Formation of The Larynx
The larynx is first seen as an outgrowth from the foregut during week 4 of fetal development. The outgrowth of tissue is called the lung bud or the respiratory diverticulum, which is a ventral diverticulum of endoderm that arises from the floor of the foregut caudal to the pharynx.The lung bud forms a groove in the floor of the pharynx called the laryngotracheal groove. The lung bud mesenchyme gives rise to the smooth muscles of the lower respiratory system. The lung bud initially is in open communication with the foregut, but eventually they become separated by indentations of mesoderm called the tracheoesopheageal (or esophagotracheal) folds. In the 4th week of development, the tracheoesophageal folds fuse in the midline to form the tracheoesopheageal septum, and it is here where the foregut divides into the trachea ventrally and esophagus dorsally.The opening of the respiratory diverticulum into the foregut becomes the laryngeal orifice.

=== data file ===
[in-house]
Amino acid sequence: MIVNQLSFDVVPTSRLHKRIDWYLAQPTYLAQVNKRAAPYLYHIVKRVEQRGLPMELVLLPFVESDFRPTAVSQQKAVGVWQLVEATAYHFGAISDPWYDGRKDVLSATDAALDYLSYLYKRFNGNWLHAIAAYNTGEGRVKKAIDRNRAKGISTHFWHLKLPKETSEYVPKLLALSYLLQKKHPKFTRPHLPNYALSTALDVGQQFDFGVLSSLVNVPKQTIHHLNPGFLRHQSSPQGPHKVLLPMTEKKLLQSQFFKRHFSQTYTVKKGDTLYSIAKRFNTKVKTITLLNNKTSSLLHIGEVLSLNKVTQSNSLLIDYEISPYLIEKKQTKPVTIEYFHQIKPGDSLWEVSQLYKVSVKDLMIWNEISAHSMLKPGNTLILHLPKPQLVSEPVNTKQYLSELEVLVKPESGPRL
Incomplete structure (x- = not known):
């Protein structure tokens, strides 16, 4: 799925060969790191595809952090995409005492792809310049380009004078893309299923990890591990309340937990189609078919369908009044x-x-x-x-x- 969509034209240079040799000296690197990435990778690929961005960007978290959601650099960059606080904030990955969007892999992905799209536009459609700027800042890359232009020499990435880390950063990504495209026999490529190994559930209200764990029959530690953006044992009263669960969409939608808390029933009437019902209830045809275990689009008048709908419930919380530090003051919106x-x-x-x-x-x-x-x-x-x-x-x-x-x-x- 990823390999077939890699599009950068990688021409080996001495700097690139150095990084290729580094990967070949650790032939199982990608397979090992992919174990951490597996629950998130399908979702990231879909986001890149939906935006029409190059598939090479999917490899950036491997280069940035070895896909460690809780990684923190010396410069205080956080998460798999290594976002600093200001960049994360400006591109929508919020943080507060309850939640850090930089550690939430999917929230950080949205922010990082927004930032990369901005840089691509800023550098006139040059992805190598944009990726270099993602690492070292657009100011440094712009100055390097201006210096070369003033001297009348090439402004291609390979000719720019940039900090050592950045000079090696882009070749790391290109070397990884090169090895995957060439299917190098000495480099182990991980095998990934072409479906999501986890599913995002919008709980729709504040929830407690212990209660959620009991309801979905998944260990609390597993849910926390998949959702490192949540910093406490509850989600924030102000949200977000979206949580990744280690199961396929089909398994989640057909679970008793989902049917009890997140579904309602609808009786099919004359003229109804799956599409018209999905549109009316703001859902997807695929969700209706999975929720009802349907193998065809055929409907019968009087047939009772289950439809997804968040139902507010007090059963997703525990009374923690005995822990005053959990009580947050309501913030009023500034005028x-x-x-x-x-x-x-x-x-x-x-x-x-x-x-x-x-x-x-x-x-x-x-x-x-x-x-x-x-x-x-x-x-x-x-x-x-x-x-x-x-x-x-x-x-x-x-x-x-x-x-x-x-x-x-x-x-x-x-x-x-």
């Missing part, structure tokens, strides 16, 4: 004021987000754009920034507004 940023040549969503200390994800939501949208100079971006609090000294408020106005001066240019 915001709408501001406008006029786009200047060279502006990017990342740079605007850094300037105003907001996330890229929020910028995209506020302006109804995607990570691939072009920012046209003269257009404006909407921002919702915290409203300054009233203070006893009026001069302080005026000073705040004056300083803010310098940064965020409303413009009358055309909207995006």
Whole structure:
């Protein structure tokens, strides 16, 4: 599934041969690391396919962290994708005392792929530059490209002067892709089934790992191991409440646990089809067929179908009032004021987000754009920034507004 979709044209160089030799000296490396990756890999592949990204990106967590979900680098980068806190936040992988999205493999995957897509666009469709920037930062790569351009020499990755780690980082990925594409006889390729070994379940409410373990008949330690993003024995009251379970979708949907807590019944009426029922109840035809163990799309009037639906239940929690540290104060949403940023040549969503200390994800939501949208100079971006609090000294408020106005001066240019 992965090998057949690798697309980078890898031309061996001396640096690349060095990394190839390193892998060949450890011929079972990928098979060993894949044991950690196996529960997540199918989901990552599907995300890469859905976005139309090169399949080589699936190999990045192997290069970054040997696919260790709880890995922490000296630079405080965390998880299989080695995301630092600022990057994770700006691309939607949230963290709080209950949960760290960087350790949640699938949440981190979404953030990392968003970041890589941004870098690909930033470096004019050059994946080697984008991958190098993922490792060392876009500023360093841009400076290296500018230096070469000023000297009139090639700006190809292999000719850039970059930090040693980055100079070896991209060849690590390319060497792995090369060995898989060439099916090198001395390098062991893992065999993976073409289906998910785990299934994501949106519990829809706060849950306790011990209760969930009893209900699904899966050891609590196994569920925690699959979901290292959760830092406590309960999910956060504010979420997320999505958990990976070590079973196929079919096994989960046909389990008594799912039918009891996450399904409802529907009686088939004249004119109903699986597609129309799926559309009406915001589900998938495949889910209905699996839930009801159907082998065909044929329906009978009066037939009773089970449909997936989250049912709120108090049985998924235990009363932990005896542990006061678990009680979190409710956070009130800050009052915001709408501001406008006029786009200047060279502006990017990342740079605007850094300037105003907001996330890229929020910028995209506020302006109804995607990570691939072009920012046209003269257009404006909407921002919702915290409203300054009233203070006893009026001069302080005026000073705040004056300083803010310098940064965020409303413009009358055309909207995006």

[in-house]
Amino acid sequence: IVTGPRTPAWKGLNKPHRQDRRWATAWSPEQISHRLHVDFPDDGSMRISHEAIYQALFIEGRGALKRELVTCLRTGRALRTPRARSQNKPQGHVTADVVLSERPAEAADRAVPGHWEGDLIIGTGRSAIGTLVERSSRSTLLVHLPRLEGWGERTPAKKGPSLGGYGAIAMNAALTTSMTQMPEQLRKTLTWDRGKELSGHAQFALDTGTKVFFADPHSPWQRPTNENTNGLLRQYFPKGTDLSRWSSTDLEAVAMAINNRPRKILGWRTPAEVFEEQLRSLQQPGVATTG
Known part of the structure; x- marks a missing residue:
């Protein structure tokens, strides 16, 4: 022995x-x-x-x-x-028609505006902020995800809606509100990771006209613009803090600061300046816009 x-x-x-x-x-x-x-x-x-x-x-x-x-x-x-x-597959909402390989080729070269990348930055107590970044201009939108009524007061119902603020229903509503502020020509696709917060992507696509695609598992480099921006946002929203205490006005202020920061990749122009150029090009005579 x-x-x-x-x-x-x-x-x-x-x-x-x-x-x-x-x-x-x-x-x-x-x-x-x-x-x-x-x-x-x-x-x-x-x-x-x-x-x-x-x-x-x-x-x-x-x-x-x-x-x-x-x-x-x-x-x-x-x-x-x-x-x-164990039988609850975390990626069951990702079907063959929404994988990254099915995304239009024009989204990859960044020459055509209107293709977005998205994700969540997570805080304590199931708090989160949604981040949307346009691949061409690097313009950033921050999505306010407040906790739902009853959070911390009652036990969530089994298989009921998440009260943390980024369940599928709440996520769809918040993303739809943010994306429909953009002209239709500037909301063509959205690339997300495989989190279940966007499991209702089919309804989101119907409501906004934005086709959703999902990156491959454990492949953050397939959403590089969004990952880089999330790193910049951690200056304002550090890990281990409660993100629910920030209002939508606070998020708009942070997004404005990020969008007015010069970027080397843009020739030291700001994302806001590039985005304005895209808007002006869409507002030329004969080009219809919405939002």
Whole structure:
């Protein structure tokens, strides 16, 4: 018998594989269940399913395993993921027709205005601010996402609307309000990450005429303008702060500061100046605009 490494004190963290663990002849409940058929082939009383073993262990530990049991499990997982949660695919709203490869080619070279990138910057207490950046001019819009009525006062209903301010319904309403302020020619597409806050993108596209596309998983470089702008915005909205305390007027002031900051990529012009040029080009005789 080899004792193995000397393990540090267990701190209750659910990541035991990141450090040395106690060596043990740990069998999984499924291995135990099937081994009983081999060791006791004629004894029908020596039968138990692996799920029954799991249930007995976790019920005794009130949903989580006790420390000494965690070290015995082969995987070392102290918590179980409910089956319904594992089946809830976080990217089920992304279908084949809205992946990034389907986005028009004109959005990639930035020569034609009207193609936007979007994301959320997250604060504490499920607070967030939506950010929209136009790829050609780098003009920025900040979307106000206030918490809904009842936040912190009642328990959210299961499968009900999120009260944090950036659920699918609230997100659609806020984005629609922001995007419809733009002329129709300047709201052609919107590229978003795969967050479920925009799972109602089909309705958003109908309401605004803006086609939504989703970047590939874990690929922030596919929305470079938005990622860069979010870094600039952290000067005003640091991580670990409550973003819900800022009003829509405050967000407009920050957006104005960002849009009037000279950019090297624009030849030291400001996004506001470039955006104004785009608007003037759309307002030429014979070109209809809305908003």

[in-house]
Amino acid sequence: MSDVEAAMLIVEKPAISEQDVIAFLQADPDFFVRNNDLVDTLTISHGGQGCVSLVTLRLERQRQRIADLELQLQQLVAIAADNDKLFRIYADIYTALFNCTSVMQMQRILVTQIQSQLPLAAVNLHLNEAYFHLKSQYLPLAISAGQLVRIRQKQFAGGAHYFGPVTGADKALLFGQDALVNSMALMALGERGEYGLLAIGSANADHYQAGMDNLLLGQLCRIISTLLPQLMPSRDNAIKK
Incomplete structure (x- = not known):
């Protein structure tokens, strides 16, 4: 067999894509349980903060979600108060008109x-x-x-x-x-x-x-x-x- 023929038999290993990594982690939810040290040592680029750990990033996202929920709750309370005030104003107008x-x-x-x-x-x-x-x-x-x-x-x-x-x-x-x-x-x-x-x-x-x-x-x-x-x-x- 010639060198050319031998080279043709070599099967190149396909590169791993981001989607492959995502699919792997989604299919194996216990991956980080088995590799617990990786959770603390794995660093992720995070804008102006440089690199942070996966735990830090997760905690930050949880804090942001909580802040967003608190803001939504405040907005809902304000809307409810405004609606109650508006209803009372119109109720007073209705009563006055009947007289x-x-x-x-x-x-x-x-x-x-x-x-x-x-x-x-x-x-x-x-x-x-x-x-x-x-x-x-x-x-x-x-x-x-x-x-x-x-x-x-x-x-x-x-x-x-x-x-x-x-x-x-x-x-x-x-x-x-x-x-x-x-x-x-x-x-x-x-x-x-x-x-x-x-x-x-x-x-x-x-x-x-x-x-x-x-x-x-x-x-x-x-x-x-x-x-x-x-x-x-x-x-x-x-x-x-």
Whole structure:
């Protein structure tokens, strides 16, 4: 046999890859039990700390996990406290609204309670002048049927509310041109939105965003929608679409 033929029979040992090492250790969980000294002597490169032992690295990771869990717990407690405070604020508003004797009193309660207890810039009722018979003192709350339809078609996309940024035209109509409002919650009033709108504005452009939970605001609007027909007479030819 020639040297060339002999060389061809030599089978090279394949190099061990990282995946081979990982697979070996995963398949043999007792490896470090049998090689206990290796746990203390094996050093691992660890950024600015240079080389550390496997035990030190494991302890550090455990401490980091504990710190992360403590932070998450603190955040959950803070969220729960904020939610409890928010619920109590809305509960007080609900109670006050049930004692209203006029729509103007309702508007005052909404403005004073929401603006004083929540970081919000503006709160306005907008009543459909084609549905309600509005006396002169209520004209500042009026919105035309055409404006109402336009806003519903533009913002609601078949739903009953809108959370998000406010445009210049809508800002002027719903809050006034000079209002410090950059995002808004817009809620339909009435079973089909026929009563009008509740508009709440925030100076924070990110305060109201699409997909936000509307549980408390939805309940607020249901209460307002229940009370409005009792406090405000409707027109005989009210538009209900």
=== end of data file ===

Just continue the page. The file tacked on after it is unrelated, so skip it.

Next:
Figure 1. (A-C) Successive stages in the development of the lung buds. Note the esophagotracheal ridges and the splitting of the foregut into the esophagus and trachea with lung buds. (D) The ventral portion of the pharynx seen from above. Showing the laryngeal orifice and swellings. (Sadler, 2010)
The internal lining of the larynx originates from endoderm, but the cartilages and muscles originate from mesenchyme of the fourth and sixth pharyngeal arches. The laryngeal orifice can be recognized when mesenchyme of the two arches transforms into the thyroid, cricoid, and arytenoid cartilages. Since musculature of the larynx is derived from mesenchyme of the fourth and sixth pharyngeal arches, all laryngeal muscles are innervated by branches of the vagus nerve, that is, the superior laryngeal nerve and recurrent laryngeal nerve.